The COMSOL® Product Suite

Model Mass and Energy Balances with the Chemical Reaction Engineering Module

Understanding and Optimizing Chemical Processes and Designs

Mathematical models help scientists, developers, and engineers understand processes, phenomena, and designs of reacting systems. The Chemical Reaction Engineering Module, an add-on to the COMSOL Multiphysics® software platform, provides a user interface for creating, inspecting, and editing model equations, kinetic expressions, functions, and variables. After developing a validated model, it can be used for different operating conditions and studies, leading to new ideas as a result of the intuitive understanding of the relation between hypothesis and results. Solving the model equations over and over for different inputs leads to a true understanding of the studied system. Additionally, the Chemical Reaction Engineering Module, along with other tools in COMSOL Multiphysics®, is developed with optimization in mind, providing state-of-the-art mathematical and numerical methods adapted for chemical systems.

What You Can Model with the Chemical Reaction Engineering Module

When you expand the COMSOL Multiphysics® platform with the Chemical Reaction Engineering Module, you have access to features for modeling transport phenomena and chemical reactions in addition to the core functionality of the COMSOL® software.

The Chemical Reaction Engineering Module includes tools for:

  • Modeling detailed reaction mechanisms in chemical kinetics studies
    • Elementary steps
    • Activation energies
    • Frequency factors
    • Chemical composition
    • Pressure
    • Temperature
  • Modeling ideal systems
    • Batch reactors
    • Semibatch reactors
    • Continuous stirred tank reactors
    • Tubular reactors
    • Plug flow reactors
  • Calculating thermodynamic and transport properties for:
    • Gases
    • Gas-liquid systems (flash calculations)
    • Liquid-liquid systems
    • Gas-liquid-liquid systems
  • Modeling and simulating industrial processes
    • Analytical methods in sensors
    • Automotive applications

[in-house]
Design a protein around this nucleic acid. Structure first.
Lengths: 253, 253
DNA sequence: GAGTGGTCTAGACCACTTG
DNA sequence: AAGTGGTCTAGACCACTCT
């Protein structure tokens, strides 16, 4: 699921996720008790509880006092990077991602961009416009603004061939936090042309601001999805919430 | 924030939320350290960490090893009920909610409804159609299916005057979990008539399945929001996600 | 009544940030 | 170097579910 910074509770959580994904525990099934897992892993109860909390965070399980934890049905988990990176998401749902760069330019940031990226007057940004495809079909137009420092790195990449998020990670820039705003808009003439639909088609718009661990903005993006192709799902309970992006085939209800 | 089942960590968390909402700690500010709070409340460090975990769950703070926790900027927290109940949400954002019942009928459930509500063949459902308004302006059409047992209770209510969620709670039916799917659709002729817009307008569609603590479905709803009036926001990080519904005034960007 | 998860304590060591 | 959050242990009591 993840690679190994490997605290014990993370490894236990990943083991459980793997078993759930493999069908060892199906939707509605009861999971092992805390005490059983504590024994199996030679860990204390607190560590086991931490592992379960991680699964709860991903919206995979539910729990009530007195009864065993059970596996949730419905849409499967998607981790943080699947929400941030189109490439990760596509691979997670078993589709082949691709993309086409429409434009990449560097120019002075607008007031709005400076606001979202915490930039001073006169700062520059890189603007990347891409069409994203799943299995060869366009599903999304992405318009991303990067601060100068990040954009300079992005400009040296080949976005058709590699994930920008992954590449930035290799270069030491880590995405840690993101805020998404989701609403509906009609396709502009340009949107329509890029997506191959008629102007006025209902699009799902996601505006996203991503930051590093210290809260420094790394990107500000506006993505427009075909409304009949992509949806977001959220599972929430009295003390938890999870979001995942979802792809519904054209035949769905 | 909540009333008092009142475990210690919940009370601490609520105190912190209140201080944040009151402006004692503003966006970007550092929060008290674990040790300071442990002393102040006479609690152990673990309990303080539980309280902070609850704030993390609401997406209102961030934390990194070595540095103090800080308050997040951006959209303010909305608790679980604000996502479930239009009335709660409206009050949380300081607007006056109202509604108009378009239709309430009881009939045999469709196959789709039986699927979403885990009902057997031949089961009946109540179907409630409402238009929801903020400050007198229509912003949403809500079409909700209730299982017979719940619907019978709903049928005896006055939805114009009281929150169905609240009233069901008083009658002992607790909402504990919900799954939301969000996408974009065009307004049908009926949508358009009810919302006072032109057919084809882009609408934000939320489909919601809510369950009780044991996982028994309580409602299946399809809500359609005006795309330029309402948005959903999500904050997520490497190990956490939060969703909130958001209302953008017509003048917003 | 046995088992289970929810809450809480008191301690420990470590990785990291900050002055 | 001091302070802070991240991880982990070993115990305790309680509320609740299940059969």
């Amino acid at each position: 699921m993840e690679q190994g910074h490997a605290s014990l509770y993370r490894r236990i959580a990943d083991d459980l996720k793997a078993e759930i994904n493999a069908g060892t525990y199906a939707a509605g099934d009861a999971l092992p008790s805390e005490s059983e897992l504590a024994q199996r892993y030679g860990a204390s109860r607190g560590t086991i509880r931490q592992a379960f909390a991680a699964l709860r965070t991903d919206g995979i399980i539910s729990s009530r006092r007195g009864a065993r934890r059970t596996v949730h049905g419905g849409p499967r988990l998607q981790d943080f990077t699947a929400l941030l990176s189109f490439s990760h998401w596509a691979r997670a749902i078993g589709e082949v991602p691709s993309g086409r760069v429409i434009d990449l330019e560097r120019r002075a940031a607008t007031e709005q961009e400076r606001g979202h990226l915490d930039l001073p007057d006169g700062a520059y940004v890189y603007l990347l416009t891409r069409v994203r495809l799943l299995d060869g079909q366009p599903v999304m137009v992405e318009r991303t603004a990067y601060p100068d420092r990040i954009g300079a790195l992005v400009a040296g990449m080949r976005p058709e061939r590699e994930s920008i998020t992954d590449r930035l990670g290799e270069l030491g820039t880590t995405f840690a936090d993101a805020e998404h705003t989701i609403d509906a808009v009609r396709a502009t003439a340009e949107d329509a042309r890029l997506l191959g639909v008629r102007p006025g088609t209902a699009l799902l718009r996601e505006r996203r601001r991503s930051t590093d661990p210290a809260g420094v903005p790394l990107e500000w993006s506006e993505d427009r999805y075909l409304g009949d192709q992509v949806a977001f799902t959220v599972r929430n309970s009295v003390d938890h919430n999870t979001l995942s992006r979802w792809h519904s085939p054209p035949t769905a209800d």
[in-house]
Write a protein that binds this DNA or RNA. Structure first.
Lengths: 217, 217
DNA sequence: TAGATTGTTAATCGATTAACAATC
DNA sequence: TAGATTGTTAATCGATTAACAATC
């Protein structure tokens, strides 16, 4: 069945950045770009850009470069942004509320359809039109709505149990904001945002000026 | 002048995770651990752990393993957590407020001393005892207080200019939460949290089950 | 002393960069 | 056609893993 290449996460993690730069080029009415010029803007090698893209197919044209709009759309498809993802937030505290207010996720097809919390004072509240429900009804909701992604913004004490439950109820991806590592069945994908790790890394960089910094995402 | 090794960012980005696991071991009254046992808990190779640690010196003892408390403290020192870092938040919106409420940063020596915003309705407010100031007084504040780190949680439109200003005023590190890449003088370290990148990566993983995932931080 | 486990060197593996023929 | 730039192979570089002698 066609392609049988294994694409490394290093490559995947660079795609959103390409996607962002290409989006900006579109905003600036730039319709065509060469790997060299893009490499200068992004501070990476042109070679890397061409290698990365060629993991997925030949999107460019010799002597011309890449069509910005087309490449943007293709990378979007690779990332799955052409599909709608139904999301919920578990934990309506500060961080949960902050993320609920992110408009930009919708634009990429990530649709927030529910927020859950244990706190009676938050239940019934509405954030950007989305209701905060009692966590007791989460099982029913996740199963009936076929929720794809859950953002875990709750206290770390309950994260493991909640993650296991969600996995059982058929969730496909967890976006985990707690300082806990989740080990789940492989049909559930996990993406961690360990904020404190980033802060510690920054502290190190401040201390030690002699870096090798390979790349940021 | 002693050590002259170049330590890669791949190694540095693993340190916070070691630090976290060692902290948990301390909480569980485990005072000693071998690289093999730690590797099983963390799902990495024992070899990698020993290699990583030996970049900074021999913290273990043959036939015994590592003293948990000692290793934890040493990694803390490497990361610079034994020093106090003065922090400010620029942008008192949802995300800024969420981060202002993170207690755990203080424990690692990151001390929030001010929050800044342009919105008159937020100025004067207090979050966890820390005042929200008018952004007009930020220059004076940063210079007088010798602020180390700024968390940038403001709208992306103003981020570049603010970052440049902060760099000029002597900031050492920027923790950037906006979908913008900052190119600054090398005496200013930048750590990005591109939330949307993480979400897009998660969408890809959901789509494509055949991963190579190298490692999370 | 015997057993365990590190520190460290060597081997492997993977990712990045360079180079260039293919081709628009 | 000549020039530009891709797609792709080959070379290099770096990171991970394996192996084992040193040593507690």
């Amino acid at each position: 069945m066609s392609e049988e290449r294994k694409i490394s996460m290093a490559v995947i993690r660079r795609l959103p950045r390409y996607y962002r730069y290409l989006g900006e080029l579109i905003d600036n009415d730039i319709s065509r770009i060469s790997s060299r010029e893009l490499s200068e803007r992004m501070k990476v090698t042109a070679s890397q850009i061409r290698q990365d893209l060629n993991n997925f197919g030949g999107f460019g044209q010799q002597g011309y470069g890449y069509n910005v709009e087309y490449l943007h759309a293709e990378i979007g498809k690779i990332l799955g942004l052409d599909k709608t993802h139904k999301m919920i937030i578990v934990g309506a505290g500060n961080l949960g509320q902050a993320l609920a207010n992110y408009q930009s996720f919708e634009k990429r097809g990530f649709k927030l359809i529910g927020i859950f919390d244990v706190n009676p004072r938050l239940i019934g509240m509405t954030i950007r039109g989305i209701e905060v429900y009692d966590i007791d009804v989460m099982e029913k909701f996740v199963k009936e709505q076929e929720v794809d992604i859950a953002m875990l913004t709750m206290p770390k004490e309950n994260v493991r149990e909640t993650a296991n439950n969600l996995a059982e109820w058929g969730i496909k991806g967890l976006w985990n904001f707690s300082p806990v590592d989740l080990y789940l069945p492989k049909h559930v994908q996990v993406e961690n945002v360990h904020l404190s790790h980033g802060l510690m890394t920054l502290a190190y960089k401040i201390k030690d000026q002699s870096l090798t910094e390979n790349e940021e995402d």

• Chemical vapor deposition
    • Environmental sciences
    • Food processing
    • Inorganic synthesis in the bulk chemical industry
    • Medical technology
    • Petrochemical industry
    • Pharmaceutical processes

Multiphysics Couplings

  • Model transport phenomena in concentrated mixtures and dilute solutions combined with:
    • Heat transfer
    • Laminar and turbulent flow
    • Multiphase flow
    • Porous media flow
A monolithic converter model with the conversion shown in a Rainbow color table and temperature distribution shown in a Heat Camera color table. Conversion and temperature distribution in a monolithic converter for NOx reduction for exhaust gas treatment in automotive applications.
A laminar static mixer model with the flow field streamlines and concentration shown in the Cividis color table. Flow field streamlines and concentration in a laminar static mixer.
A 1D graph of a  batch reactor model showing the composition as a function of time for different chemical species. Composition as a function of time in a perfectly mixed batch reactor. The liquid mixture is typical for an ibuprofen reactor.

Overview of the Modeling Strategy and Workflow

Realistic descriptions of reacting systems in scientific and engineering studies often need to incorporate both transport phenomena and chemical reactions to understand and optimize a process or design. The Chemical Reaction Engineering Module is tailored for the typical workflow in chemistry and chemical engineering investigations, which involve the following incremental steps:

  • Studying ideal, perfectly mixed systems for identifying reaction mechanisms and estimating kinetic parameters, such as frequency factors and activation energies.
  • Calculating thermodynamic and transport properties.
  • Extending the investigations to space-dependent systems, where spatial variations in temperature and composition may be present. This means that transport of chemical species, heat transfer, and fluid flow have to be taken into account in conjunction with chemical reactions.
  • Modeling and estimating effective transport properties in porous media or for turbulent flows, in combination with the CFD Module.

The workflow described above can be applied in many different fields that involve chemical reactions and in all scales, from nanotechnology and microreactors to environmental studies and geochemistry.

The module allows engineers, scientists, and designers to quickly and efficiently define models, solve the model equations, perform parameter analysis, and evaluate the results from simulation studies. In addition, the whole process, from model definition to the presentation of the results, is documented in the software for transparency and reproducibility.